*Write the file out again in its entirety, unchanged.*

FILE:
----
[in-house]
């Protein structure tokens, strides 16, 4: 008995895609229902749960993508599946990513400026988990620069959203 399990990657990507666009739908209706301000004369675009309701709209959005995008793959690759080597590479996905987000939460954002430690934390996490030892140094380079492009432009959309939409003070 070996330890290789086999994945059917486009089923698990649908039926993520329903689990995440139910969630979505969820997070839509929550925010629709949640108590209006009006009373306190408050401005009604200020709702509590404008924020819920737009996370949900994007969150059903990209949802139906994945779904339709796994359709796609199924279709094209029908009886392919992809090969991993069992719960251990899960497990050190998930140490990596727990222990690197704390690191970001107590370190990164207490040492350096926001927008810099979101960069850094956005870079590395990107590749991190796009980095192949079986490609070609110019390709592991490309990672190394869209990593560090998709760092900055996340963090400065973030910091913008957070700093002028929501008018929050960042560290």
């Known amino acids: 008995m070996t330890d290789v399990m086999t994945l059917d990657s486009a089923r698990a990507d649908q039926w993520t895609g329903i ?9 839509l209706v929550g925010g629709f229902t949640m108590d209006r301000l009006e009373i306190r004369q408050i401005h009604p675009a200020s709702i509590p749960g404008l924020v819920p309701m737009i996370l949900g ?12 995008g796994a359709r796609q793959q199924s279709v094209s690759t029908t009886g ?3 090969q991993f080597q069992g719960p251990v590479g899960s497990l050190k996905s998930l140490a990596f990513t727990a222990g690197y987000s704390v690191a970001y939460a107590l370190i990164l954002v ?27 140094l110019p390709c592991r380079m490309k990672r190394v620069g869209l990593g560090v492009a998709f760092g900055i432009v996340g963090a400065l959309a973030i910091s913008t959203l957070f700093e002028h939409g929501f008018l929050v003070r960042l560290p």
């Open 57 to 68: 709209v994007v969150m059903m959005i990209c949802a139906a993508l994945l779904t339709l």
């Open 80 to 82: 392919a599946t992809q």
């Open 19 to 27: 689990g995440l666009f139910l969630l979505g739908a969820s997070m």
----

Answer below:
[in-house]
């Protein structure tokens, strides 16, 4: 008995895609229902749960993508599946990513400026988990620069959203 399990990657990507666009739908209706301000004369675009309701709209959005995008793959690759080597590479996905987000939460954002430690934390996490030892140094380079492009432009959309939409003070 070996330890290789086999994945059917486009089923698990649908039926993520329903689990995440139910969630979505969820997070839509929550925010629709949640108590209006009006009373306190408050401005009604200020709702509590404008924020819920737009996370949900994007969150059903990209949802139906994945779904339709796994359709796609199924279709094209029908009886392919992809090969991993069992719960251990899960497990050190998930140490990596727990222990690197704390690191970001107590370190990164207490040492350096926001927008810099979101960069850094956005870079590395990107590749991190796009980095192949079986490609070609110019390709592991490309990672190394869209990593560090998709760092900055996340963090400065973030910091913008957070700093002028929501008018929050960042560290």
């Known amino acids: 008995m070996t330890d290789v399990m086999t994945l059917d990657s486009a089923r698990a990507d649908q039926w993520t895609g329903i ?9 839509l209706v929550g925010g629709f229902t949640m108590d209006r301000l009006e009373i306190r004369q408050i401005h009604p675009a200020s709702i509590p749960g404008l924020v819920p309701m737009i996370l949900g ?12 995008g796994a359709r796609q793959q199924s279709v094209s690759t029908t009886g ?3 090969q991993f080597q069992g719960p251990v590479g899960s497990l050190k996905s998930l140490a990596f990513t727990a222990g690197y987000s704390v690191a970001y939460a107590l370190i990164l954002v ?27 140094l110019p390709c592991r380079m490309k990672r190394v620069g869209l990593g560090v492009a998709f760092g900055i432009v996340g963090a400065l959309a973030i910091s913008t959203l957070f700093e002028h939409g929501f008018l929050v003070r960042l560290p």
């Open 57 to 68: 709209v994007v969150m059903m959005i990209c949802a139906a993508l994945l779904t339709l």
């Open 80 to 82: 392919a599946t992809q």
């Open 19 to 27: 689990g995440l666009f139910l969630l979505g739908a969820s997070m």